Financing cancer research in Italy

AIRC is involved in financing cancer research in Italy, helping researchers produce quality projects. Professor Federico Caligaris Cappio explains

The AIRC mission is ‘Finding the Cure of Cancer through Research’. Since its inception, AIRC aims to fund the best Italian scientists involved in cancer research with regular and timely calls for grant applications. Every AIRC call is set out in February, the evaluation is finalised in autumn and the board of trustees deliberates in mid-November, about the financing of the best ranked projects, so that the funds become available by the end of the year. This enables every research project to start in January. Accordingly, the timeline of AIRC calls has become a precious companion to all Italian scientists involved in cancer research. Every project submitted to AIRC for consideration is evaluated through the peer review system with at least 2 international reviewers selected from a panel of approximately 600 international investigators working abroad and a member of the Comitato Tecnico Scientifico (CTS), the Italian equivalent of a study section. This is made up of rotating scientists, selected among the most appreciated Italian scientists at international level. Three reviewers for any application are chosen on the basis of their competence and absence of conflict of interest.

Avoiding routinisation

In recent years, to keep up with the pace of science, as well as improving the efficacy of its efforts to avoid the risk of routinisation AIRC has launched the special programmes 5 x mille.

These are large well-funded multi-unit programmes, financed through the revenues of 5 x mille donations, i. e. the donations are from every Italian citizen who can decide to allocate to charities when paying their yearly taxes. The projects were structured as “from the bench to the bedside”, the “bedside” being considered a must and not merely representing a perspective development of the research. Therefore, the actual transfer of knowledge to the clinical setting was considered paramount towards the feasibility. It also has to be underlined that AIRC gave priority (among comparably outstanding proposals), to those proposals in which explicit plans were made to enrol young physician scientists, specifically dedicated to the project and expected to be involved simultaneously in the lab and in the clinical setting. The 2010 5 x mille special programme was on molecular clinical oncology, the 2011 programme on innovative tools for cancer risk assessment and early diagnosis. More than 1,000 scientists, including basic, translational and clinical investigators, have been involved in this major endeavour, whose results have significantly contributed to the international competitiveness of the Italian cancer research and increased the international notoriety of Italian cancer scientists, in terms of publications in highly ranked journals. Importantly the findings obtained have also led to the development of novel instruments of early diagnosis and treatment possibilities that have raised great interest in the international community.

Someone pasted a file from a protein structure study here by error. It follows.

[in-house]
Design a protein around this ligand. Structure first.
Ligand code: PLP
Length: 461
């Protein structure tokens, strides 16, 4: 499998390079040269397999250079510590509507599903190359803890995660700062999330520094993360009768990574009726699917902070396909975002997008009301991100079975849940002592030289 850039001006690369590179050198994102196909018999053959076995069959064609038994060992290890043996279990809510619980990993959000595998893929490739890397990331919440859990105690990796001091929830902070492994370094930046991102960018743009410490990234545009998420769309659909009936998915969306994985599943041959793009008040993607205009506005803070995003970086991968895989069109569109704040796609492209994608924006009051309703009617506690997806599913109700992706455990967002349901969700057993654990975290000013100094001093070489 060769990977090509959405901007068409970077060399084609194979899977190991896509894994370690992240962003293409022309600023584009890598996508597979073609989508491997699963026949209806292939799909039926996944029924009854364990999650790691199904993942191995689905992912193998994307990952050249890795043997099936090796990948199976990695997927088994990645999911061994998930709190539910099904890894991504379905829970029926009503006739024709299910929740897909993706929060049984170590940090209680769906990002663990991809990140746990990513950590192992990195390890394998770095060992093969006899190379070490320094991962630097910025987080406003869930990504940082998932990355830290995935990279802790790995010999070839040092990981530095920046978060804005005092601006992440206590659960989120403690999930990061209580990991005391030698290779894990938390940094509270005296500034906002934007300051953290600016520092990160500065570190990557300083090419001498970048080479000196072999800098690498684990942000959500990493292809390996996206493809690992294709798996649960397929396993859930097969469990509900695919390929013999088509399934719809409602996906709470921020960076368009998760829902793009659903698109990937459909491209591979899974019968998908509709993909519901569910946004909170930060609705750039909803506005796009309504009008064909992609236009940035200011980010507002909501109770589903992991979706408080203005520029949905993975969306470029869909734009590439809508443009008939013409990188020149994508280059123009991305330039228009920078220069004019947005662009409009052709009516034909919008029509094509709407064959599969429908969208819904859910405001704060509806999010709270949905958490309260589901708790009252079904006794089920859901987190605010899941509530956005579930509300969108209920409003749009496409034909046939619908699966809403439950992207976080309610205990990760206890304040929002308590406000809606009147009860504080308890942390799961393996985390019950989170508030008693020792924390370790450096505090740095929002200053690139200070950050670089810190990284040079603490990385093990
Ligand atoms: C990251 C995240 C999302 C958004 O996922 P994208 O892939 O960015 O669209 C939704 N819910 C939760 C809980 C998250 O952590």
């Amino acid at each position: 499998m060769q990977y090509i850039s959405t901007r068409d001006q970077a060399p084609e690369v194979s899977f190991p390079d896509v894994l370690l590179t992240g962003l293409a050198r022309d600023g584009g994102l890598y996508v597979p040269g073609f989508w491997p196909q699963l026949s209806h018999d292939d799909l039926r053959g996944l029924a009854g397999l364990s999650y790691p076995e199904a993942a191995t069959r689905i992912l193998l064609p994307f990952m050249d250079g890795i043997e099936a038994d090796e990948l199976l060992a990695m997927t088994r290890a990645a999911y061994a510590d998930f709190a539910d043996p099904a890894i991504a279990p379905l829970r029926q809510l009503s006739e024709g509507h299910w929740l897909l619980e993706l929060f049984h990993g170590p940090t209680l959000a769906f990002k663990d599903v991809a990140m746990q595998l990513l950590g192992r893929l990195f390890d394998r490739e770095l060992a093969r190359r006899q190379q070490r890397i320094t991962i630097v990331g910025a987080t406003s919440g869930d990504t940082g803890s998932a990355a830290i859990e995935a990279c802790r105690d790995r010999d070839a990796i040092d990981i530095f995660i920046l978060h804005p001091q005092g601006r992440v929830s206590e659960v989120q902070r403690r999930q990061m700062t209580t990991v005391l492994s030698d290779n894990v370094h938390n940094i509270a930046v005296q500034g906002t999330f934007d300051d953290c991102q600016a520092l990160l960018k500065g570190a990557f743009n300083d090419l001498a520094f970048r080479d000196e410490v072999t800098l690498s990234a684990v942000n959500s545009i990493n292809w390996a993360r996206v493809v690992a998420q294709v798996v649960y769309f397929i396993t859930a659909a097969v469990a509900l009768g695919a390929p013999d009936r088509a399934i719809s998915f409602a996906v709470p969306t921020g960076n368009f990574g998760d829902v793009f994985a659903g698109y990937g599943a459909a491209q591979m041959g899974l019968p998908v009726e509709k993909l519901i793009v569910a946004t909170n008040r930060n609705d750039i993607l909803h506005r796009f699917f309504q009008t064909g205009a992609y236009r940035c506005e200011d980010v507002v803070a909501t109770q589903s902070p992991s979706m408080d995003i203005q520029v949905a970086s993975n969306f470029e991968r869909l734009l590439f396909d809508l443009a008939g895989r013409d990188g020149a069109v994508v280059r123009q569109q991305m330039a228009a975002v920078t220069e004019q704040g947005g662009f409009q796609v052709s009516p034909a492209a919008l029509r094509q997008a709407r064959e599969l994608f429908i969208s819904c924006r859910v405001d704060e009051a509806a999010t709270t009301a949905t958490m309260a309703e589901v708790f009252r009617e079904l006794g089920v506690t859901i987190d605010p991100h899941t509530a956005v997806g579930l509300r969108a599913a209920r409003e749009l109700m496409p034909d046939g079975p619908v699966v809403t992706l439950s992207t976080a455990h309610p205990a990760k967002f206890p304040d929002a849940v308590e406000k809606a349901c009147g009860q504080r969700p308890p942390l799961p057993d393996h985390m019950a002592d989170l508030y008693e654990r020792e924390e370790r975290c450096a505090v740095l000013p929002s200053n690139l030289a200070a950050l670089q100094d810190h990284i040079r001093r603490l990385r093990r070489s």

Creating a research ecosystem

Perhaps the most important result of this funding system has been the development of a creative ecosystem of Italian scientists who have learned that working together is more productive, have exploited the concept that excellence attracts excellence and have nurtured a number of young investigators. This ecosystem has also helped to smooth the notorious asymmetry that hinders the development of cancer science in areas such as the South of Italy, as well as cities and/or institutions which are too small to allow the building up of a local critical mass. Though excellent science is not equal in its distribution, excellence must prevail if we wish to preserve the trust of our donors and overcome the politically sensitive issue of geographical distribution.

Taking into account the results attained so far, AIRC is now planning to launch a third 5 x mille programme whose aim is to better understand the fundamental mechanisms of metastatic process especially bearing in mind the goal of developing novel biology-based therapeutics to treat metastatic disease.

As Sandra J Horning recently pointed out in a lucid Science editorial, “this is a time of opportunity for successful treatment of cancer. However, in order to be successful a coordinated effort is required.”

Exploiting its mission of excellent science and achieving the goal of developing nationwide collaborations AIRC is leading the way to such coordinated effort in Italy.

Professor Federico Caligaris Cappio

Scientific Director

AIRC – Italian Association for Cancer Research



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